ERIC Number: EJ779648
Record Type: Journal
Publication Date: 2007
Reference Count: 19
Putting a Spin on Reading: The Language of the "Rose Review"
Journal of Early Childhood Literacy, v7 n3 p267-279 2007
The "Rose Review", a so-called "Independent Review of the Teaching of Early Reading", was published by the British Government's Department for Education and Skills in March 2006, as a result of criticism from Members of Parliament and others, and dissatisfaction with certain aspects of the National Literacy Strategy in England. For reasons that are unclear, the remedy that the "Review" proposed, now adopted by Government, was the wholesale imposition on teachers of a narrow and reductionist approach to reading called "synthetic phonics". Knowing the controversial nature of this approach, which has very dubious research backing, and faced with almost universal opposition to it, the "Review" needed to argue its case very persuasively indeed. This it did by making considerable use of the readily available and politically-inspired techniques of spin doctoring. In this article I analyse the language of the "Review" in an endeavour to illustrate how this was done.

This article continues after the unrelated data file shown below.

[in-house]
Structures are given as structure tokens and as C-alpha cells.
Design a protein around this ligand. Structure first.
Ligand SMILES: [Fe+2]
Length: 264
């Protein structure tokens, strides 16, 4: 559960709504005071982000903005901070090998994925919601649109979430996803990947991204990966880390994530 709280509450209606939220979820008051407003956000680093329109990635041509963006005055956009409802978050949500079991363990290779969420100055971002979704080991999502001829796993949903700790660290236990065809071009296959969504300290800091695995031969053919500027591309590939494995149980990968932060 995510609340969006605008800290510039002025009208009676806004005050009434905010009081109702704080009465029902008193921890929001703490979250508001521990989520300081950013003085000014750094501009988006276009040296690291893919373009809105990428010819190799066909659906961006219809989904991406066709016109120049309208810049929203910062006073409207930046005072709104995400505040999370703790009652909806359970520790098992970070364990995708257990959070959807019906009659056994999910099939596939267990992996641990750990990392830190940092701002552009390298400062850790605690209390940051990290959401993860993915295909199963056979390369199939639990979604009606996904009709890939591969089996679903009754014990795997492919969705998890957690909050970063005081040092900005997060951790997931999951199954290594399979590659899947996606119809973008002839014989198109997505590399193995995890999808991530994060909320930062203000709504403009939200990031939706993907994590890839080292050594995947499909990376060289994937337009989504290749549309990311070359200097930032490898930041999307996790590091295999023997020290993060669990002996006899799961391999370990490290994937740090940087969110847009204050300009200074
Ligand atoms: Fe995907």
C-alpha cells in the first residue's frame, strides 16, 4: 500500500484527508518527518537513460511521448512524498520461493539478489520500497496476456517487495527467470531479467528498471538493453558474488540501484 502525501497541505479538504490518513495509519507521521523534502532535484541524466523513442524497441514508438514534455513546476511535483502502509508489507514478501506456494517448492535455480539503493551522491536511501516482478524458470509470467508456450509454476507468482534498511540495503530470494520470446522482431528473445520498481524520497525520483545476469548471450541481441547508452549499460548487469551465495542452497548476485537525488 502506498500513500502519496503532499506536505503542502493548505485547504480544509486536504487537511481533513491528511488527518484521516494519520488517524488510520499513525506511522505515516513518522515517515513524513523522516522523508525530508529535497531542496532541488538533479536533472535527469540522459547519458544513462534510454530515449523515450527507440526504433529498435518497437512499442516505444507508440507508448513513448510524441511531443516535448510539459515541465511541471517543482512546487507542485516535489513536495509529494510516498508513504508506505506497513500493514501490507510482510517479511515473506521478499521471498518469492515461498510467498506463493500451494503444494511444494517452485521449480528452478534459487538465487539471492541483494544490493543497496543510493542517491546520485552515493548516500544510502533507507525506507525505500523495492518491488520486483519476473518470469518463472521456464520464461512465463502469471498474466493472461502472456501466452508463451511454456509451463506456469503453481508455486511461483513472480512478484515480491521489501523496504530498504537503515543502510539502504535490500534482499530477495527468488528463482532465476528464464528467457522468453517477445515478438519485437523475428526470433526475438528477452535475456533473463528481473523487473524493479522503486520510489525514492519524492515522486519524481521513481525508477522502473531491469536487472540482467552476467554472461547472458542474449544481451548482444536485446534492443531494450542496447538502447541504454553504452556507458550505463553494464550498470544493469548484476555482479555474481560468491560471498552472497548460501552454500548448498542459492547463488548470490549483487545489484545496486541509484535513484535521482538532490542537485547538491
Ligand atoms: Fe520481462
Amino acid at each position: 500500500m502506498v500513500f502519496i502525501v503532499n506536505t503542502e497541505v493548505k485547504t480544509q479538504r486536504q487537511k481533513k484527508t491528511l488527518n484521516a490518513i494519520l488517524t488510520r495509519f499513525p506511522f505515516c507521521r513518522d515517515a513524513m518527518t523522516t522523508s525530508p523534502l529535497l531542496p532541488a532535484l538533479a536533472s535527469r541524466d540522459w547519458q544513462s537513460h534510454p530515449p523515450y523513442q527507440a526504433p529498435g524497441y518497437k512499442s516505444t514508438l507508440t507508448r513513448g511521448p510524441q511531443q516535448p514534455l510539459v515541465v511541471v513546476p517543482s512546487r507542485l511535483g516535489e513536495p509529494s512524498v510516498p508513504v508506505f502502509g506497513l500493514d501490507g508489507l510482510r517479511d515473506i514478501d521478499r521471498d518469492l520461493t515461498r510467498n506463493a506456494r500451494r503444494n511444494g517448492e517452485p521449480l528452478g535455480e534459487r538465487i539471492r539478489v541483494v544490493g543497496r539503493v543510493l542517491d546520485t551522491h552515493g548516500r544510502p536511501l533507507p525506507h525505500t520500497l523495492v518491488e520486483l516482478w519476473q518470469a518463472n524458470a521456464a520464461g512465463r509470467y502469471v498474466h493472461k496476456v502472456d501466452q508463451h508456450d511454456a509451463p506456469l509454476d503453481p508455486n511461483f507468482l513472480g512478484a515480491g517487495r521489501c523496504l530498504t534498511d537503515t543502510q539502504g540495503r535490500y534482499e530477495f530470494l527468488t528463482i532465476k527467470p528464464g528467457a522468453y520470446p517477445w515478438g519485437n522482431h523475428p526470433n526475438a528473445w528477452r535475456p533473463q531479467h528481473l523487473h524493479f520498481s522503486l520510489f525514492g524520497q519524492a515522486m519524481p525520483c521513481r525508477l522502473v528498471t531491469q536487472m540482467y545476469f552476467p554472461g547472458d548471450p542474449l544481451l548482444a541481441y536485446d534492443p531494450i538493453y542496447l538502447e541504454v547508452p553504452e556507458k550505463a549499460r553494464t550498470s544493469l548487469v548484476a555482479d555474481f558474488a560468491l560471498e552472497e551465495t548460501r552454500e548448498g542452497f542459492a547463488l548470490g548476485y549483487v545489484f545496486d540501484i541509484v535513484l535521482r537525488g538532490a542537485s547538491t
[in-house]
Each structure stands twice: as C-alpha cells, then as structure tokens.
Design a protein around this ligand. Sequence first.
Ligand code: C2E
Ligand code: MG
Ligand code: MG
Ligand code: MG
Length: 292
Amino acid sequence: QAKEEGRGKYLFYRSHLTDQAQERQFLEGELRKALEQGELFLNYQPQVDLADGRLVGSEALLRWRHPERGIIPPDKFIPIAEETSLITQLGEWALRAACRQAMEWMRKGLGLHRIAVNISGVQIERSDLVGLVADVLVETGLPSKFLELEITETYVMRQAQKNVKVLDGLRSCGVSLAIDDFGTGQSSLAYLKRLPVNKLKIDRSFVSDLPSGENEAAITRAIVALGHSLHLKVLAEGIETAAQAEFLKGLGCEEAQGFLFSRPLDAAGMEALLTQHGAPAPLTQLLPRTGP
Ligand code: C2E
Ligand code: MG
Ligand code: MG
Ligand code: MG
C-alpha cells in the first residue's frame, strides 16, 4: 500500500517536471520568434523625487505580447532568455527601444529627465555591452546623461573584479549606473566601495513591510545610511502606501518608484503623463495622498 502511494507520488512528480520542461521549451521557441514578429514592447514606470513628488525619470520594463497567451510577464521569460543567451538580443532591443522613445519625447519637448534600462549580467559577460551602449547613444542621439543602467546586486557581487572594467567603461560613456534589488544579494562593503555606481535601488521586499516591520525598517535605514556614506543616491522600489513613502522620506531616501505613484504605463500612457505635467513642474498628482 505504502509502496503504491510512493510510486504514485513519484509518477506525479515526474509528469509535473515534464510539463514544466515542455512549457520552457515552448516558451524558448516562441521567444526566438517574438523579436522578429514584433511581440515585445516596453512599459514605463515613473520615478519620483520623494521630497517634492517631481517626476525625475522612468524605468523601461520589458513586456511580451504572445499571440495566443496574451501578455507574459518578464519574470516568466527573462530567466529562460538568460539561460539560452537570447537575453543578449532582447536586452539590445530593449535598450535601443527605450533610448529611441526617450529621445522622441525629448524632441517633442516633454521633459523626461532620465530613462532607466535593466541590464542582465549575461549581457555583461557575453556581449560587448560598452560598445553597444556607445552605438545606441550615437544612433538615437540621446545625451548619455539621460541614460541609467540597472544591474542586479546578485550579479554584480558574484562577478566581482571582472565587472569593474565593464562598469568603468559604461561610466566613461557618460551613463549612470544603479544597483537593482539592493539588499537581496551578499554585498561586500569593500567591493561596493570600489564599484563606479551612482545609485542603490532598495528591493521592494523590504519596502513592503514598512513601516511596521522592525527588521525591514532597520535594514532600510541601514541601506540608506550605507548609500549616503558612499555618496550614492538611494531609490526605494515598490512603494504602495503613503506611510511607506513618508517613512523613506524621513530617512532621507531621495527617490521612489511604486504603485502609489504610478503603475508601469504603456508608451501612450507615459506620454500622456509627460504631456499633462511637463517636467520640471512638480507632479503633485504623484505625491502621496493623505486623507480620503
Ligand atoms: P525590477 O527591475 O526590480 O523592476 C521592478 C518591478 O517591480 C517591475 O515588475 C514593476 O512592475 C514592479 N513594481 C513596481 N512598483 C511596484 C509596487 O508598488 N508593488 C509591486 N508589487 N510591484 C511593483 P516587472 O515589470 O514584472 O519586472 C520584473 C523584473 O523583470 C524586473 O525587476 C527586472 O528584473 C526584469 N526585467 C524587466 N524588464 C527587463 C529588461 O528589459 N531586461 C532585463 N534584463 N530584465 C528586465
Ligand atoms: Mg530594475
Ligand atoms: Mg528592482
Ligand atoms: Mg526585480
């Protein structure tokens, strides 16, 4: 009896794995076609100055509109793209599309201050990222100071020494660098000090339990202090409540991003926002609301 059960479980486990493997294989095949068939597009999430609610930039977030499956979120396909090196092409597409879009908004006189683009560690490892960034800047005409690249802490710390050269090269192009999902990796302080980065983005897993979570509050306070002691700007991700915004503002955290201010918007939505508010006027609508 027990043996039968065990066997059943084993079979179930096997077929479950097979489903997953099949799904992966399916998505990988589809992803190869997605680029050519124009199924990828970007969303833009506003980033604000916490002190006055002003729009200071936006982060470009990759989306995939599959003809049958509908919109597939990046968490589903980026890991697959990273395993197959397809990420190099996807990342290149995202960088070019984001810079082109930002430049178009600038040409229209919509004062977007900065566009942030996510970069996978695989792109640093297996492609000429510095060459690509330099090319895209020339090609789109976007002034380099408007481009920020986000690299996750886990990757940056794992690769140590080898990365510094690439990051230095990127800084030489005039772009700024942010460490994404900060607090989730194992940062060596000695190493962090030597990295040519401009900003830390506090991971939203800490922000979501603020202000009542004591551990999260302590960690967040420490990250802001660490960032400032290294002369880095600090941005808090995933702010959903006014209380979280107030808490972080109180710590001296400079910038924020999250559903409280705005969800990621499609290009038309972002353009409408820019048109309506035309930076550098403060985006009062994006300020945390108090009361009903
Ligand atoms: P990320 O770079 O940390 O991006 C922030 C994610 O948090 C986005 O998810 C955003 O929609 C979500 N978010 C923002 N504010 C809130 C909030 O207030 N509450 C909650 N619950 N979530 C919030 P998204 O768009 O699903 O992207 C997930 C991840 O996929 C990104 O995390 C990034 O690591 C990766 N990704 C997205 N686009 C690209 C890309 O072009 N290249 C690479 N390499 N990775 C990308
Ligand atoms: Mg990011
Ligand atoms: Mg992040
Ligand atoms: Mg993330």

Descriptors: Early Reading, Foreign Countries, Literacy Education, Phonics, Teaching Methods, Reading Instruction, Persuasive Discourse, Ethics, Educational Research, Politics of Education
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Publication Type: Journal Articles; Reports - Descriptive
Education Level: N/A
Authoring Institution: N/A
Identifiers - Location: United Kingdom